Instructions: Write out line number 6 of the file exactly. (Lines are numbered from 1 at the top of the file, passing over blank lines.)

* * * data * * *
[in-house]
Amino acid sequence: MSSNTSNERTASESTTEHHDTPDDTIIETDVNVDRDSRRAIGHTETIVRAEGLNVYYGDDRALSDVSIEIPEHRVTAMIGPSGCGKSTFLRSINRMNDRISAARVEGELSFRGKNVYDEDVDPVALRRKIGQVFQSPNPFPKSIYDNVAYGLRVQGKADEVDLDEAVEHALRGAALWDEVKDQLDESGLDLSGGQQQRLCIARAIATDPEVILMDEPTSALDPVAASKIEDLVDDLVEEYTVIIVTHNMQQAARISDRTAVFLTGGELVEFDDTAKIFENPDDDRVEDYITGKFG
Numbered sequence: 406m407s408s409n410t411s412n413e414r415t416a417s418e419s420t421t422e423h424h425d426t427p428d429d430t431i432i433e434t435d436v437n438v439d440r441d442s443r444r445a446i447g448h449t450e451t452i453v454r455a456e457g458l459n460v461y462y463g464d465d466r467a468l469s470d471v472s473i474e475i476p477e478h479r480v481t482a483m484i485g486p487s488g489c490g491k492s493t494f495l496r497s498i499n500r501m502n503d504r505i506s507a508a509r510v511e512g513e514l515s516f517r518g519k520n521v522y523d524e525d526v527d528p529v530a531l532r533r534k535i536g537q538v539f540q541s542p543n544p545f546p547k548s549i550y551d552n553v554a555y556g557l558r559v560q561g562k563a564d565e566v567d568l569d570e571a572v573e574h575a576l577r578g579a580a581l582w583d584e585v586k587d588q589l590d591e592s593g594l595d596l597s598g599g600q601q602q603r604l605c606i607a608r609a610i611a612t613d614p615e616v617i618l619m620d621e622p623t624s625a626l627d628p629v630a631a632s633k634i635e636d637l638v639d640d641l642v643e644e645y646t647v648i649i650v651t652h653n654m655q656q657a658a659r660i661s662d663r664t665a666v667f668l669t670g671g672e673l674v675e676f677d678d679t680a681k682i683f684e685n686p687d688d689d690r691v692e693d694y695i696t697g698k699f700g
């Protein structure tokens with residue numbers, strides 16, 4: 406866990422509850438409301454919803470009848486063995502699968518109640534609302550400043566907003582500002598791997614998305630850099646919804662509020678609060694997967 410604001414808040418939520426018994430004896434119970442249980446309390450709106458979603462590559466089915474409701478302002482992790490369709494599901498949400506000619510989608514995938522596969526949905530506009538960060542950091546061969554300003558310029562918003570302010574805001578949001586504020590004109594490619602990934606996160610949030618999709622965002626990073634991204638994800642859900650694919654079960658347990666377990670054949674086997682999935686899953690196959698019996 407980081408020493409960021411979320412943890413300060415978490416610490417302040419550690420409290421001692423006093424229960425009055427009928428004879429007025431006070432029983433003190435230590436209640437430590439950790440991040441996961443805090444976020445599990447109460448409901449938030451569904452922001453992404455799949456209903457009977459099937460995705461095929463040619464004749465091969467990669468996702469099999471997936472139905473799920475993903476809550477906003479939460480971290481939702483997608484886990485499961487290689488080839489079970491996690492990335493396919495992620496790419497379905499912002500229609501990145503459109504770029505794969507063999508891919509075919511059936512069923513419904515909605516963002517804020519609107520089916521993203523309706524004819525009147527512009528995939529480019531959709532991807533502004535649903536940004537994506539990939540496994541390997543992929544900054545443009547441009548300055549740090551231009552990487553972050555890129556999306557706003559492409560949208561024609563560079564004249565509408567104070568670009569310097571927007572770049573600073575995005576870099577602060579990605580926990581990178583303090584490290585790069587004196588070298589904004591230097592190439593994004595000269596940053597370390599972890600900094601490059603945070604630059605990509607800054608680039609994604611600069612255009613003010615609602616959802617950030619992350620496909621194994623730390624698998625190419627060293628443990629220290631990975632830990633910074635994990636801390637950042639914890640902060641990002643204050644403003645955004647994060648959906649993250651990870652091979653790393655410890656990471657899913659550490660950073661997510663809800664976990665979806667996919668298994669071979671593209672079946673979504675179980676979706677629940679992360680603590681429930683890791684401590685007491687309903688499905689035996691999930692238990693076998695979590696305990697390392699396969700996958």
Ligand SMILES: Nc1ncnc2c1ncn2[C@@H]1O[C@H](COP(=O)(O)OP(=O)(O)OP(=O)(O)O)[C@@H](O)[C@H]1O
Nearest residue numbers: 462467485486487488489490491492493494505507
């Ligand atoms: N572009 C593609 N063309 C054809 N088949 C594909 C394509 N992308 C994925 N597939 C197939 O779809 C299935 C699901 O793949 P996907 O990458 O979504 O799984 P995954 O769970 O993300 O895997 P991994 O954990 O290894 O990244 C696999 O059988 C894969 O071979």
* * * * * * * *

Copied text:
Nearest residue numbers: 462467485486487488489490491492493494505507